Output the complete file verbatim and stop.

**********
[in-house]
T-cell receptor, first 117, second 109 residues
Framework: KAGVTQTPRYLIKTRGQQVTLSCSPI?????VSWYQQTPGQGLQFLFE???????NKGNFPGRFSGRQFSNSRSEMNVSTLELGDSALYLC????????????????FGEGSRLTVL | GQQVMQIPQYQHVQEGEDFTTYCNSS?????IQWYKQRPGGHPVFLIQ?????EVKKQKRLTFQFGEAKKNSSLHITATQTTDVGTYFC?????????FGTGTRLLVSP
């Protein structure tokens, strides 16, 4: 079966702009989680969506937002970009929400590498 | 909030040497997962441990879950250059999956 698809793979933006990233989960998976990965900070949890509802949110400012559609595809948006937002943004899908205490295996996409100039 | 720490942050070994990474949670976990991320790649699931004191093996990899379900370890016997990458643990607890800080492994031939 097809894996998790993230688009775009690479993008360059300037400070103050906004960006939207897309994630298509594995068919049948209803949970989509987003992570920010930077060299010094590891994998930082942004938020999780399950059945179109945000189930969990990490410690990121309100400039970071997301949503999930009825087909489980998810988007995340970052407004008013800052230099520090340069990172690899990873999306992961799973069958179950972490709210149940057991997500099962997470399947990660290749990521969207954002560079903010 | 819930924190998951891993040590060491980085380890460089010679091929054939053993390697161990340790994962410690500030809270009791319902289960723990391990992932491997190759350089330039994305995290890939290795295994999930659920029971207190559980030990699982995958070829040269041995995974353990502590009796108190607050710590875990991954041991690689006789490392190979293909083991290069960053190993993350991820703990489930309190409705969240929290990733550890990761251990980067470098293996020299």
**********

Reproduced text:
[in-house]
T-cell receptor, first 117, second 109 residues
Framework: KAGVTQTPRYLIKTRGQQVTLSCSPI?????VSWYQQTPGQGLQFLFE???????NKGNFPGRFSGRQFSNSRSEMNVSTLELGDSALYLC????????????????FGEGSRLTVL | GQQVMQIPQYQHVQEGEDFTTYCNSS?????IQWYKQRPGGHPVFLIQ?????EVKKQKRLTFQFGEAKKNSSLHITATQTTDVGTYFC?????????FGTGTRLLVSP
């Protein structure tokens, strides 16, 4: 079966702009989680969506937002970009929400590498 | 909030040497997962441990879950250059999956 698809793979933006990233989960998976990965900070949890509802949110400012559609595809948006937002943004899908205490295996996409100039 | 720490942050070994990474949670976990991320790649699931004191093996990899379900370890016997990458643990607890800080492994031939 097809894996998790993230688009775009690479993008360059300037400070103050906004960006939207897309994630298509594995068919049948209803949970989509987003992570920010930077060299010094590891994998930082942004938020999780399950059945179109945000189930969990990490410690990121309100400039970071997301949503999930009825087909489980998810988007995340970052407004008013800052230099520090340069990172690899990873999306992961799973069958179950972490709210149940057991997500099962997470399947990660290749990521969207954002560079903010 | 819930924190998951891993040590060491980085380890460089010679091929054939053993390697161990340790994962410690500030809270009791319902289960723990391990992932491997190759350089330039994305995290890939290795295994999930659920029971207190559980030990699982995958070829040269041995995974353990502590009796108190607050710590875990991954041991690689006789490392190979293909083991290069960053190993993350991820703990489930309190409705969240929290990733550890990761251990980067470098293996020299």